I’m sick of it. I am. I’m just tired. No I don’t need to grow a backbone, don’t even think I’m shedding a tear over the ignorance I read on this app or hear on campus, but I do get angry. I get angry because I’m expected to keep calm, I’m expected to apologize, I’m expected to “just deal with it,” because “that’s just the way it is,” but it doesn’t have to be.

And that’s why we protest, that’s why 104 (and counting) days after Mike Brown was shot and killed by officer Darren Wilson people are still tweeting and holding protests and demanding answers.

I refuse to let some petty social media app insult my race. I refuse to lie down and take it and that’s why I’m writing about it. To make someone, anyone aware of what’s happening on our own campus. So that my peers can see what other peers are saying about an entire race based of off a 30 second clip shown on CNN once or twice a day.

Grow up. Stop posting anonymous hate on social media sites. Stop supporting them altogether. I’m sick of seeing messages like what I posted above and so this is me doing something about it, join me.

P.S. as soon as I’m done with this assignment, Yik Yak is definitely getting deleted off of my phone.

Black in America

In the wake of a tragic shooting, where an unarmed college bound teenager was shot to death, my heart is very heavy.

I tried to shy away from writing anything about my opinion on what seems to be like the consistent killings of innocent black males, but it’s not in my nature to keep quiet about anything.

I don’t have much to say about what occurred yesterday afternoon to Michael Brown and his family. They are in my prayers and I hope the cop who wrongly killed him gets everything he deserves.

As an older sister to a young black teenager and possibly a future mother to one, I cannot help, but be terrified for their futures. How can you raise a child to love the color of their skin, while also teaching them that people will hate them for it? How do I tell my little brother to be the bigger person when his suburban white “friends” use the n-word and giggle like it’s nothing?

Much like the killing of Eric Garner, this situation as gotten a lot of attention on social media, so much that I had to log off Twitter last night and go for a drive. I physically could not handle the ignorance I was reading.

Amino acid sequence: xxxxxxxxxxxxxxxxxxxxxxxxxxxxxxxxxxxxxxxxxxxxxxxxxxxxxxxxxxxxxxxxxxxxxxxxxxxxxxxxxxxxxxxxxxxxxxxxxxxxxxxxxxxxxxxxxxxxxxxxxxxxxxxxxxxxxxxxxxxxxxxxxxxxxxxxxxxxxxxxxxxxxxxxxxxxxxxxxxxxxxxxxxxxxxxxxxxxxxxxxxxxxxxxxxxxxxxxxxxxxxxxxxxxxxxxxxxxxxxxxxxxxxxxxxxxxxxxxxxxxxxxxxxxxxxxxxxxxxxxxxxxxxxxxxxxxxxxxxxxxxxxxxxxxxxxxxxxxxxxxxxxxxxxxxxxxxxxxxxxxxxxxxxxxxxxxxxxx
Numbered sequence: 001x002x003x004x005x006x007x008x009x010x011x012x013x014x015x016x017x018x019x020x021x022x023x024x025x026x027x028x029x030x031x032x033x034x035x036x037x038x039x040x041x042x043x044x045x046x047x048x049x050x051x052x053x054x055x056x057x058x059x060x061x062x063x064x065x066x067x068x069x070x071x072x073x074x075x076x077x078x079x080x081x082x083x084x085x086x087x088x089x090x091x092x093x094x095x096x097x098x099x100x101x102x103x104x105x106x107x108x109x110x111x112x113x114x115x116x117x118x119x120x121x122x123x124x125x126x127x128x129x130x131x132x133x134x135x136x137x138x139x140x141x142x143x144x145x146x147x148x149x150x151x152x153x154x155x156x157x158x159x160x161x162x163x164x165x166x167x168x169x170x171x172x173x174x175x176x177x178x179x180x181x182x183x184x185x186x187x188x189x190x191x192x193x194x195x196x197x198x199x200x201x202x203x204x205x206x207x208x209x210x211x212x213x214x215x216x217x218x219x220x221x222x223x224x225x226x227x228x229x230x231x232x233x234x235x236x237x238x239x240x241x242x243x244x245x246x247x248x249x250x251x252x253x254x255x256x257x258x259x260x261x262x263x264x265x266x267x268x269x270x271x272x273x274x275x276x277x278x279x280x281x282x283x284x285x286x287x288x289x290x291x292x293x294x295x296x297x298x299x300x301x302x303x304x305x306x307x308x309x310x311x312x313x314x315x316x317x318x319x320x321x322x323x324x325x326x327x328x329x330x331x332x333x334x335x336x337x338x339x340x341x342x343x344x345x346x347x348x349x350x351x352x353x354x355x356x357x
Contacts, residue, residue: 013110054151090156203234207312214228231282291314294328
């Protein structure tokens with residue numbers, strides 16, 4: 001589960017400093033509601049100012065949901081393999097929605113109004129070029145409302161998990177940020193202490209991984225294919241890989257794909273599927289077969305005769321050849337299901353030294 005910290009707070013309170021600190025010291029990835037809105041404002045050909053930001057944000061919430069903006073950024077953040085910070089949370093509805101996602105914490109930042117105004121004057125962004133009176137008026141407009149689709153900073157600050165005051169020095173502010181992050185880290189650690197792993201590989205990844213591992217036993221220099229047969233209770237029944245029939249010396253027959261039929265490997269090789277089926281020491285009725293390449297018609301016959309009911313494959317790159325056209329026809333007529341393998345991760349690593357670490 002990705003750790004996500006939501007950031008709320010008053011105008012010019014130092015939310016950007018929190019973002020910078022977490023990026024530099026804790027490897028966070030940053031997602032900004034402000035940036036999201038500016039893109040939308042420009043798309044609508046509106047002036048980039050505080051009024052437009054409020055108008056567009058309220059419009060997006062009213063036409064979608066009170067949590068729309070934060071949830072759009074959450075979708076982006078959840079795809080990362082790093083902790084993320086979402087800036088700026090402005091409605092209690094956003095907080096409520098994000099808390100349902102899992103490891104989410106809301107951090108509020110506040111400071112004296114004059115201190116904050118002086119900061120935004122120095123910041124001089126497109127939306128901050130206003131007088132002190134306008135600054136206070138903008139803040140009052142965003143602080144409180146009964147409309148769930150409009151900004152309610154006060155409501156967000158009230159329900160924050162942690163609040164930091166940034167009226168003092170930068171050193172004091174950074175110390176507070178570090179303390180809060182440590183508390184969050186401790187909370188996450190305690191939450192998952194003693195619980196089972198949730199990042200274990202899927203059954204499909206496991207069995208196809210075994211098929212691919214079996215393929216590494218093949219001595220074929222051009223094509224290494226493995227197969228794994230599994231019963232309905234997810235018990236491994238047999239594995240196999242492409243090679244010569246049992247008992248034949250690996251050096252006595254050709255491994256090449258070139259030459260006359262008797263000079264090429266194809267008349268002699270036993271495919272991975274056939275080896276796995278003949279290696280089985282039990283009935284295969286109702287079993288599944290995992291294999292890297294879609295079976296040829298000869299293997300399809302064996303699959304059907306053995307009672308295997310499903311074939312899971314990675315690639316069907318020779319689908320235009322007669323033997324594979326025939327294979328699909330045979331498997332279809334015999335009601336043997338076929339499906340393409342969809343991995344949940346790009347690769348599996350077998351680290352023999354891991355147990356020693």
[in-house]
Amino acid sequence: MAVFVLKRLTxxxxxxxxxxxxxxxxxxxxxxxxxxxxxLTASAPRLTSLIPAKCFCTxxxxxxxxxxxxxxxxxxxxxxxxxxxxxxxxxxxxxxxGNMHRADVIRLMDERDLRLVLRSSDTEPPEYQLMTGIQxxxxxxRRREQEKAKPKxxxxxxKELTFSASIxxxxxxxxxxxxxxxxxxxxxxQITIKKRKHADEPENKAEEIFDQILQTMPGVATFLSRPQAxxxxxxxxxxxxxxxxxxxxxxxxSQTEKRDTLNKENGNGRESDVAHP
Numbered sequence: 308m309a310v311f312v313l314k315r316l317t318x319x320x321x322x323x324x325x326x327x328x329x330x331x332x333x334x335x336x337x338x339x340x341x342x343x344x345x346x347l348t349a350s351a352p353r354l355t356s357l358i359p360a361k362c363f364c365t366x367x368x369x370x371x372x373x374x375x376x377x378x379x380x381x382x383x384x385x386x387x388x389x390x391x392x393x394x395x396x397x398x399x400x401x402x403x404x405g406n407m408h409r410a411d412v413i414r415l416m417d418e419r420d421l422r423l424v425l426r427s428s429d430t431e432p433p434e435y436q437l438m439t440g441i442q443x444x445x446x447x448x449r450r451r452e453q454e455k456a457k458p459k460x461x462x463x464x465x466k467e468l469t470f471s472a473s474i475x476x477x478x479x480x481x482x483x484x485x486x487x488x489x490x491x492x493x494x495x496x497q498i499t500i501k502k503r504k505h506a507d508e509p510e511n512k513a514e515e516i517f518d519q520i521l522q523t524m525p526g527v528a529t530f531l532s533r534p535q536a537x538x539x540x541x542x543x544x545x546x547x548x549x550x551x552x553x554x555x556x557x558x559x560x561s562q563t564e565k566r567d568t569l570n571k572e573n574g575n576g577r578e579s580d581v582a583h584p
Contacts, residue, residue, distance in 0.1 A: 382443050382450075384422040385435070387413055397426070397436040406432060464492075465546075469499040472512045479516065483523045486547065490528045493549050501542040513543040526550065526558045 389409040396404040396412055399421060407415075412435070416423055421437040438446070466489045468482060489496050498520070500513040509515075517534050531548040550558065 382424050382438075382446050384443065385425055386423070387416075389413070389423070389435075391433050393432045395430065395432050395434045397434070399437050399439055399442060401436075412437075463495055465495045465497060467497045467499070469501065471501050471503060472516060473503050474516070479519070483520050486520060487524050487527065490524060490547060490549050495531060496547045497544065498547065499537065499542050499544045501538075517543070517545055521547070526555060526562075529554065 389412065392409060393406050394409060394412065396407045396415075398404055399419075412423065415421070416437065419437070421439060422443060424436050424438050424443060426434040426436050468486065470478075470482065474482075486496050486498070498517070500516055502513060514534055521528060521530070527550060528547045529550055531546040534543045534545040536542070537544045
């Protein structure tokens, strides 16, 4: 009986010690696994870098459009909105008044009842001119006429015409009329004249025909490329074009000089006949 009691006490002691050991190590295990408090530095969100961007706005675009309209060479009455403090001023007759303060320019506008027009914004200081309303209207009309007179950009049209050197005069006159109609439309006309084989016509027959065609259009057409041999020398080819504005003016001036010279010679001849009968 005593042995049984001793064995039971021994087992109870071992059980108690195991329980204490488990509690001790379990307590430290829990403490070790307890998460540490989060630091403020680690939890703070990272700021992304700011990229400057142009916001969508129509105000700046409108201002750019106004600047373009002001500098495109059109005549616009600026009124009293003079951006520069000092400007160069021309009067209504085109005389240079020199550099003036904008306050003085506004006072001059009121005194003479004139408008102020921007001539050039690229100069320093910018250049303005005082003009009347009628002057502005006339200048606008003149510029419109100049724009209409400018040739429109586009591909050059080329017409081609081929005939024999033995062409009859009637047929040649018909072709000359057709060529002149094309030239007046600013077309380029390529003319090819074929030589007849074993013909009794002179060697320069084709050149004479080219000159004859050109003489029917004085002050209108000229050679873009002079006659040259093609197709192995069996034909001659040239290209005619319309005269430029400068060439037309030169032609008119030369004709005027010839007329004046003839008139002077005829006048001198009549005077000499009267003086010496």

We’re humans, we’re curious creatures. We like to take what little information we have and piece it together to get the full story and whether it’s true or not, we usually take it as fact.

I can sit here and type for hours straight listing statistics and sharing articles about how blacks are more at risk for dying at the hands of police than any other race. I could try to put into words how it felt to get told I couldn’t play with everyone else as a 5 year old at summer camp because I was black. I could recall every time a boy didn’t think I was “cute for a black girl,” and I could tell you about my walks home to my apartment where every day I pass by fraternity houses praying out loud that they don’t call me the n-word that day, but does any of that even matter to the majority?

My struggles don’t affect you, my anger is just apart of who I am, I’m just fulfilling the stereotype I have been given since birth, right?

The truth is, no three minute video, or 10 minute newscast, or even a newsfeed full of personal experiences could make anyone who isn’t black understand what we go through when week after week we see black males slain across concrete drenched in their own blood.

But if people would just listen. If people would just stop trying to make excuses saying “well maybe he was stealing,” or “maybe he broke the law,” maybe we’d reach an understanding, or at least start to.

 

 

Selfie Game Too Strong